Autumn Statement 2023: techlaw elements

November 24, 2023

The Chancellor has issued his Autumn Statement, including the following announcements of interest to tech lawyers.

The government is exploring the use of cutting-edge technologies, including quantum, in the public sector. The National Quantum Computing Centre is supporting government and industry to explore how quantum computing could be applied and the government has launched a Catalyst fund bringing together quantum innovators and government departments to identify and develop near and longer-term applications.

Regulatory reform

The government also aims to make the UK’s regulatory regime more pro-growth and pro-investment without compromising on its quality and effectiveness. In addition to consulting on the economic regulation framework to encourage greater private investment through proposals to increase competition for strategic infrastructure investment and develop a long-term investment blueprint, the government is also consulting on stronger guidance on the regulators’ Growth Duty; extending the Growth Duty to Ofgem, Ofwat and Ofcom; and providing a new strategic steer for the Competition and Markets Authority. This aims to ensure the UK’s regulators must be pro-innovation, agile facilitators of growth in the sectors they regulate. The government also says that it will kickstart a Smart Data Big Bang, giving industry and investor certainty by setting out how new powers in the Data Protection and Digital Information Bill can be used, exploring innovative opportunities across seven sectors: energy, banking, finance, retail, transport, homebuying and telecoms.


The government is also committed to growing the UK’s retail payments sector and is supporting Joe Garner’s independent review into the future of payments. It will implement the review’s core recommendations, including repealing payments authentication rules which it says will permit industry to better prevent fraud and improve the customer payments experience. The FCA will review the rules with a view to adopting an outcomes-based approach and will specifically consider the contactless limits.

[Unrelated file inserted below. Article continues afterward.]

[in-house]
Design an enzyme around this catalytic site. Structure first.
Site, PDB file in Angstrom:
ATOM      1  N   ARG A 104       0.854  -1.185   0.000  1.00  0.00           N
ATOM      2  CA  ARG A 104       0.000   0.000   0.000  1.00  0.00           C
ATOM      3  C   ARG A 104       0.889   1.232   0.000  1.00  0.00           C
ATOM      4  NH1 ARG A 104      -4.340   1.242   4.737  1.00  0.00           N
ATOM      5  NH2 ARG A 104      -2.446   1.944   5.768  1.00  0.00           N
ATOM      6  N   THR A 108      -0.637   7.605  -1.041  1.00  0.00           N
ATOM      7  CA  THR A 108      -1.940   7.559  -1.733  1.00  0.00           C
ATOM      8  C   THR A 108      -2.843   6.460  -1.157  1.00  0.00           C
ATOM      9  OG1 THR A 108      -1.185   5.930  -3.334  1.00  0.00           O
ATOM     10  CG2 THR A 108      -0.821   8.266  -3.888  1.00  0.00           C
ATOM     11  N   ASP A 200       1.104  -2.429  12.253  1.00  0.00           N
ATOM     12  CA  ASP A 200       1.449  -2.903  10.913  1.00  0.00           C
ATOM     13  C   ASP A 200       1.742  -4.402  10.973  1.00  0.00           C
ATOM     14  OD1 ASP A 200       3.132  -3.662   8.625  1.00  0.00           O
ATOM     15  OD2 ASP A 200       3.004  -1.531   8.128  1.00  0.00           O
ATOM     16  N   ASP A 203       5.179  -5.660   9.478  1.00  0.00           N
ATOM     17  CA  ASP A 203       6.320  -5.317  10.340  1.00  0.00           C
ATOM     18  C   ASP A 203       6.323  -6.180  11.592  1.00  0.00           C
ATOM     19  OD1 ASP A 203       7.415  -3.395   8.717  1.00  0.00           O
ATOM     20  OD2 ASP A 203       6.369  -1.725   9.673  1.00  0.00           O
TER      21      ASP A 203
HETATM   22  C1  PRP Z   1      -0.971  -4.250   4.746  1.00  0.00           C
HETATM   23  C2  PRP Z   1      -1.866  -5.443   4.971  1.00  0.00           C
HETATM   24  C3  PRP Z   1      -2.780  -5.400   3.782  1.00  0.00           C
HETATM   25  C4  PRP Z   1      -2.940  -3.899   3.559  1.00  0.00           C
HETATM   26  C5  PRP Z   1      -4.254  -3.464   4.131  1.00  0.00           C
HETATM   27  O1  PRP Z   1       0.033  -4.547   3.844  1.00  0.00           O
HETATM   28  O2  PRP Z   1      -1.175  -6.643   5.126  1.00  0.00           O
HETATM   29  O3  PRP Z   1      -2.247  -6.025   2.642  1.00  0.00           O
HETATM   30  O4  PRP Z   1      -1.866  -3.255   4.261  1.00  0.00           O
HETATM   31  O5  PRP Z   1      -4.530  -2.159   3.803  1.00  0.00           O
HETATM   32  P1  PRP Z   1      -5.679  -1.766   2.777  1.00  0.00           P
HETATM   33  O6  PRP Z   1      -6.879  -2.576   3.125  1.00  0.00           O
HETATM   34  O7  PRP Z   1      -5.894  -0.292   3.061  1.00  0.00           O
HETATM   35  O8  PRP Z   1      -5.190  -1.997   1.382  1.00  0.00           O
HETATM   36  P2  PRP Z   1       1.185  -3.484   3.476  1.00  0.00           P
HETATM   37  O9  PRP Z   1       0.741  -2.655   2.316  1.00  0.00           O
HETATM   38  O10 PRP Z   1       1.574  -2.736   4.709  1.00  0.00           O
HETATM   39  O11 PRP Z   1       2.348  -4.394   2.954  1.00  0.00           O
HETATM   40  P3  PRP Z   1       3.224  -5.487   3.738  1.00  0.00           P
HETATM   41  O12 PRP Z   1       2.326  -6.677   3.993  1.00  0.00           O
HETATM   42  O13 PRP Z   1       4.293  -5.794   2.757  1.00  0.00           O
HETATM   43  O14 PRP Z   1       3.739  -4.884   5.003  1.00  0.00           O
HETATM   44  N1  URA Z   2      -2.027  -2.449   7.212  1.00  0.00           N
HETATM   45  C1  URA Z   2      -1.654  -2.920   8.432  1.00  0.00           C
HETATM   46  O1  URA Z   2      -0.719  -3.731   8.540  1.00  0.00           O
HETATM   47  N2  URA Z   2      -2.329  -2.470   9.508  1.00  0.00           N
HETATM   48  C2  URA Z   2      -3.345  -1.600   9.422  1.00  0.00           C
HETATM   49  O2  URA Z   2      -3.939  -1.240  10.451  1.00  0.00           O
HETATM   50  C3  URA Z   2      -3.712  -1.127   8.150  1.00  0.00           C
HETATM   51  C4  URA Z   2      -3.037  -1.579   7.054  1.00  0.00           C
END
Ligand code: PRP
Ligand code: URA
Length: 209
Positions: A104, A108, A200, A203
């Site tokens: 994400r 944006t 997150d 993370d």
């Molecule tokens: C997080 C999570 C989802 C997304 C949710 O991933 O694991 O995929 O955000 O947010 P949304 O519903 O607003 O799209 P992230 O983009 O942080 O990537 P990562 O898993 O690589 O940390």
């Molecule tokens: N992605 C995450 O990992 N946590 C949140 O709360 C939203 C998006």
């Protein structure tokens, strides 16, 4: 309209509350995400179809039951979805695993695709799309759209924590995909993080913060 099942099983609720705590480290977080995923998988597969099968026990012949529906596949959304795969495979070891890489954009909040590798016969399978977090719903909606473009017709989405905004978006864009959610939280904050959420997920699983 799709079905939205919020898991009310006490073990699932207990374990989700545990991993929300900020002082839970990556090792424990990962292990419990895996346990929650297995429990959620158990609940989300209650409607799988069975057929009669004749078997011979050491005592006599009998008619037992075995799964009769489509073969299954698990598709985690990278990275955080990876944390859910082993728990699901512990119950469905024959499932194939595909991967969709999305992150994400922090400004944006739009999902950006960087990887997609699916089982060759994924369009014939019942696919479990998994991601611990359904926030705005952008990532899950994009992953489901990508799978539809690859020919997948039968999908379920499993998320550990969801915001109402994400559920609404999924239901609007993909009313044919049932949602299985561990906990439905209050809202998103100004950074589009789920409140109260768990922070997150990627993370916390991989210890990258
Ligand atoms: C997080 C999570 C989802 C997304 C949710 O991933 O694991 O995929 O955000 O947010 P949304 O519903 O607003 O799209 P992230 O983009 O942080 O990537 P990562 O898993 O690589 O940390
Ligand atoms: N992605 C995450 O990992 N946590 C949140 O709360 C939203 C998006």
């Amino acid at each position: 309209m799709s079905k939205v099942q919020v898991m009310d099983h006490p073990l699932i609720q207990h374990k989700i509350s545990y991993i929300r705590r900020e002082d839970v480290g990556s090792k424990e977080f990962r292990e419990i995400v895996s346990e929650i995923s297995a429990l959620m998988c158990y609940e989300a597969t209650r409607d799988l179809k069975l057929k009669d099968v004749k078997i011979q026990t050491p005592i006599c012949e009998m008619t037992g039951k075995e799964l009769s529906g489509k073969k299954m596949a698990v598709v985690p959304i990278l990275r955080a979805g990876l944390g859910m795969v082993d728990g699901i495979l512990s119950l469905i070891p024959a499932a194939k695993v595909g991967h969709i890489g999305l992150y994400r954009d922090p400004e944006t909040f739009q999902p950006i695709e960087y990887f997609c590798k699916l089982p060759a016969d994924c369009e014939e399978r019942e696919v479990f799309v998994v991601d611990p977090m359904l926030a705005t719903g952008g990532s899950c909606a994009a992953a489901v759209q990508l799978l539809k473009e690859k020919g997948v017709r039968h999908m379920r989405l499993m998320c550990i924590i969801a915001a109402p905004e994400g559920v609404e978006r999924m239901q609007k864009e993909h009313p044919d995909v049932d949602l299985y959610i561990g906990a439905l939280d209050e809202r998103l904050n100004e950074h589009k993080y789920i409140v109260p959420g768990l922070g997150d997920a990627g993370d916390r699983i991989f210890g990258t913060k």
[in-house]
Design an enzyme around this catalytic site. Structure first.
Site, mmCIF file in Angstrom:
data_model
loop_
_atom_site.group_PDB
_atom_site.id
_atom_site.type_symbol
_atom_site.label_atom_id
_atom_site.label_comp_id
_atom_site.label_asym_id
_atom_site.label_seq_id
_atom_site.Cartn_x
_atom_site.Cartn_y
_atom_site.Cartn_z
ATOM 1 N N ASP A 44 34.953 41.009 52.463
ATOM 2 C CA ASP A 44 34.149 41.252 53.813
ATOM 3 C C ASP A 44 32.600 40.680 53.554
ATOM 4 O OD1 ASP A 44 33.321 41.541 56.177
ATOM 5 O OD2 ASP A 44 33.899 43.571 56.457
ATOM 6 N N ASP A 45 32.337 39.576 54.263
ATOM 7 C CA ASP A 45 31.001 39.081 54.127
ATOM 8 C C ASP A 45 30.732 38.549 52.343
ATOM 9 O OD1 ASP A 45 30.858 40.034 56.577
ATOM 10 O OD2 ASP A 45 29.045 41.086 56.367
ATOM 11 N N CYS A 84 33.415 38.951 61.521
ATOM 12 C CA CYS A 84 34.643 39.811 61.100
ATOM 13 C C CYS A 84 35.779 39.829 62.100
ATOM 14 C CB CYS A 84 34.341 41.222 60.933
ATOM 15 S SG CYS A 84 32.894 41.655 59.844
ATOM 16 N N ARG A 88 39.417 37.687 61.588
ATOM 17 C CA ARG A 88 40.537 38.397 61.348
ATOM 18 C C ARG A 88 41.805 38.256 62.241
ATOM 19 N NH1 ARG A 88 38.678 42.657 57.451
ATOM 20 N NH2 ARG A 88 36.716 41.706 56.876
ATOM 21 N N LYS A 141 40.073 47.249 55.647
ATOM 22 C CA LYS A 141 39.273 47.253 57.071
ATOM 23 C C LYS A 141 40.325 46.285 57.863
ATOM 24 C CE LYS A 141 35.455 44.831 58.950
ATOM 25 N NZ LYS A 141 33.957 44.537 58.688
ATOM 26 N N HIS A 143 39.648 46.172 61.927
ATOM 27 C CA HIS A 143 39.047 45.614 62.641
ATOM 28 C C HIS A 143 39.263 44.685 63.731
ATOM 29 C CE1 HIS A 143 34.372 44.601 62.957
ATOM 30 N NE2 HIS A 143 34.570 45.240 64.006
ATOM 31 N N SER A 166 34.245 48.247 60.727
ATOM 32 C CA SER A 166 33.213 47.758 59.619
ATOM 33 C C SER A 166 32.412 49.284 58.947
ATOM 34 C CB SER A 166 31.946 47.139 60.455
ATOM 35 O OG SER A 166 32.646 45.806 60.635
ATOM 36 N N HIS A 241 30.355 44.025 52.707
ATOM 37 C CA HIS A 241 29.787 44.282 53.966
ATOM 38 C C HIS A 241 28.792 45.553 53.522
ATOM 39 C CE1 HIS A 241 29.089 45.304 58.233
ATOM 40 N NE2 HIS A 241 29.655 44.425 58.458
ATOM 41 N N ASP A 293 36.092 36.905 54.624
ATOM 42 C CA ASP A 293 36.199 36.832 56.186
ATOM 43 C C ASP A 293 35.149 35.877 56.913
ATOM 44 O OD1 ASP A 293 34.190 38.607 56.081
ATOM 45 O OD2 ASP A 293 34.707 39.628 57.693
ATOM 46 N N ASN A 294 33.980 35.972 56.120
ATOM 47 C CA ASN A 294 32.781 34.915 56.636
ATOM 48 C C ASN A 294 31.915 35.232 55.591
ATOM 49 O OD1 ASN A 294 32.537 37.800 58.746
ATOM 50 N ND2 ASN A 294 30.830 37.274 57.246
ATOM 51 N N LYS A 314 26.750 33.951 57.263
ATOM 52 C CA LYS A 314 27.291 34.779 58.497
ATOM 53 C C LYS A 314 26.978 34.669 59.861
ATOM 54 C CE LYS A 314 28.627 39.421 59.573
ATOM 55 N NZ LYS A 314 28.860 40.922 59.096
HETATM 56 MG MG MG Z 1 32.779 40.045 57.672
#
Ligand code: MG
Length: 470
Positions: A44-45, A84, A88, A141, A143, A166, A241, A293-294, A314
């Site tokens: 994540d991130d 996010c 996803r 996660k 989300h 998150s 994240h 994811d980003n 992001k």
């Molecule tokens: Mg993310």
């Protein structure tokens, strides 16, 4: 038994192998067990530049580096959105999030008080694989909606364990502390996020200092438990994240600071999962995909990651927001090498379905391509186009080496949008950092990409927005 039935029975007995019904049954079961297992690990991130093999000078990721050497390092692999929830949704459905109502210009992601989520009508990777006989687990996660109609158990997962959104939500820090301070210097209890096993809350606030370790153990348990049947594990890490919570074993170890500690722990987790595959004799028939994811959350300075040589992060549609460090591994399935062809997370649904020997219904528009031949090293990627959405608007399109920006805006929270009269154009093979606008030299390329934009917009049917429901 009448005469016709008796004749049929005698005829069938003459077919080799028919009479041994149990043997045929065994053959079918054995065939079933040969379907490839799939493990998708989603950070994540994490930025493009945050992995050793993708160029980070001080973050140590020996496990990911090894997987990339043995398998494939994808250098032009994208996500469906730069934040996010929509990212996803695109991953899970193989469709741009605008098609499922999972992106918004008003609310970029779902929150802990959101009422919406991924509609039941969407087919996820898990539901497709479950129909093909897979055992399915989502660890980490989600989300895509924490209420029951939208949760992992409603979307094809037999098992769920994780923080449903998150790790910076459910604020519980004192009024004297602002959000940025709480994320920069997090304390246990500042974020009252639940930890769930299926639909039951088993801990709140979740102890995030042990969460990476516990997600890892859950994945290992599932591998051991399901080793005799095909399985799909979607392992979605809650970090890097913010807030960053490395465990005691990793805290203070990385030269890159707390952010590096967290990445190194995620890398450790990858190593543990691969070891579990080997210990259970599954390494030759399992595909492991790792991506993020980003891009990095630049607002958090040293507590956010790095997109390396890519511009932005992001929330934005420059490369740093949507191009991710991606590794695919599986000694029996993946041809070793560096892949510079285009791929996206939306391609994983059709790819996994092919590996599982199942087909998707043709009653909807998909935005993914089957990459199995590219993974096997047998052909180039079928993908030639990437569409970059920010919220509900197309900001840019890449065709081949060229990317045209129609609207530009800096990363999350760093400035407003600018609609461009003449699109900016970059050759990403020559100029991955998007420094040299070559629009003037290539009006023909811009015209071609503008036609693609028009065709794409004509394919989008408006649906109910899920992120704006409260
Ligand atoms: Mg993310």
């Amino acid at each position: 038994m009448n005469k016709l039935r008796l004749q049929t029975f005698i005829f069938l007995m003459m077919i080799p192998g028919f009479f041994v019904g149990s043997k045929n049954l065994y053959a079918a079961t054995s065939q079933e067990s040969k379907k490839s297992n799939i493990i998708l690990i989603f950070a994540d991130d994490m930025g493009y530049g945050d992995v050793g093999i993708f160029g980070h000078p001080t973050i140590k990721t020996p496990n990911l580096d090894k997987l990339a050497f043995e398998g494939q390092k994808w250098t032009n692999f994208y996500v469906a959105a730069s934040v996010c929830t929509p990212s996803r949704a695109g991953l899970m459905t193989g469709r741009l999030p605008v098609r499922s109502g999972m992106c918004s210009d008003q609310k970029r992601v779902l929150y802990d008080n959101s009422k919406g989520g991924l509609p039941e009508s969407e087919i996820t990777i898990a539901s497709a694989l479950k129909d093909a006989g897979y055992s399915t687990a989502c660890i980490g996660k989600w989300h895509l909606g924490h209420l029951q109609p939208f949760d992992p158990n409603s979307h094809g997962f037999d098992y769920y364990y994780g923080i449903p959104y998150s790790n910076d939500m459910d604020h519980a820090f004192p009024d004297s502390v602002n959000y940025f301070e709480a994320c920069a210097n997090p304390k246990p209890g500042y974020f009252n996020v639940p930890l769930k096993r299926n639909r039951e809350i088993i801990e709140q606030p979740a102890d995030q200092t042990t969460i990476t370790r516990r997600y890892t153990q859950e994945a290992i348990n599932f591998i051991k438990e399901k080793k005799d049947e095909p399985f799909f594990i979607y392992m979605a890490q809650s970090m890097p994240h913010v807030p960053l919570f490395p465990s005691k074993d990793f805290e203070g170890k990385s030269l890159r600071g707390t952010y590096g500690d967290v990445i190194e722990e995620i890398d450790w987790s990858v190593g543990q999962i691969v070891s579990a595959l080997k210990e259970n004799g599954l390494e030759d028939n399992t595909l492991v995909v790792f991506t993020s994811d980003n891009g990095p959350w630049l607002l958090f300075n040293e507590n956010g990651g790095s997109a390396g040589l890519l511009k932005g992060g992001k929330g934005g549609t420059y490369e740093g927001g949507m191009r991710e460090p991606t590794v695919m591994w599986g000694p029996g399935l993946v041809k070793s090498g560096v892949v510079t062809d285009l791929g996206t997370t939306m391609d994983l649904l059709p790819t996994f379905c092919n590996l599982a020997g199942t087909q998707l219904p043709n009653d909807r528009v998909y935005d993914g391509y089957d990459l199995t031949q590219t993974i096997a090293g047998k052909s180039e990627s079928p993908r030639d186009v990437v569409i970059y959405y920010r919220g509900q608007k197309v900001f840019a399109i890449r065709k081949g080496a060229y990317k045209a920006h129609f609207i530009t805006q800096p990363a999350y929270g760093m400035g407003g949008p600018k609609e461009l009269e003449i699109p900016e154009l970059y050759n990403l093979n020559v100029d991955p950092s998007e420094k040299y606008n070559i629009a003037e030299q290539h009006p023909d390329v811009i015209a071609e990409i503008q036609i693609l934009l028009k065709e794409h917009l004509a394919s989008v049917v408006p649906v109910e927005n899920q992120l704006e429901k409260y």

The government is also committed to unlocking the full potential of Open Banking-enabled payments and will seek to legislate next year to support this. The government’s intention is for the new regulatory framework to require firms beyond the largest banks to participate in a sustainable and equitable commercial model through which the technology and necessary consumer protections will be developed, and with appropriate regulatory backstops. In line with the Review’s central recommendation, the government will publish a National Payments Vision next year. Building from the review’s findings, this will include consideration of priorities for UK payments and, working with the Payment Systems Regulator and the Bank of England, will consider the role of the New Payments Architecture.


So that SME leaders can acquire the skills and opportunities they need to increase productivity and grow their businesses, the government is expanding the Made Smarter Adoption programme helping more manufacturing SMEs use advanced digital technologies. The government is also setting up a taskforce to rapidly explore how best to support SMEs to adopt digital technology, committing to delivery of the Help to Grow: Management programme beyond 2024-25 and offering additional support to SMEs to access global markets through UK Export Finance.

Digital Technology and AI

The government says that to realise the many potential benefits of AI, the UK needs to work with international partners to ensure the safe development of advanced AI systems. Earlier this month, the UK hosted the AI Safety Summit and the government will be launching an AI Safety Institute, backed by an initial £100 million investment. In parallel, the government is developing its wider regulatory approach, to balance innovation and safe adoption, publishing its response to the AI white paper by the end of the year, and launching a pilot AI Regulatory Sandbox in the spring.

Later this year the government will be launching the Manchester Prize which will award prizes of up to £1 million to researchers working on the safe, responsible application of AI over the next ten years.

It also says that access to compute is key, as it powers the development of AI models. The government will be investing a further £500 million in compute for AI over the next two financial years, following investment in previous years. This aims to allow researchers and SMEs to develop new foundation models and maximise potential in AI, enabling, for example, the discovery of new drugs, This complements the government’s £100 million AI Life Sciences Accelerator Mission, which will use health data and cutting-edge AI to address some of the most pressing health challenges.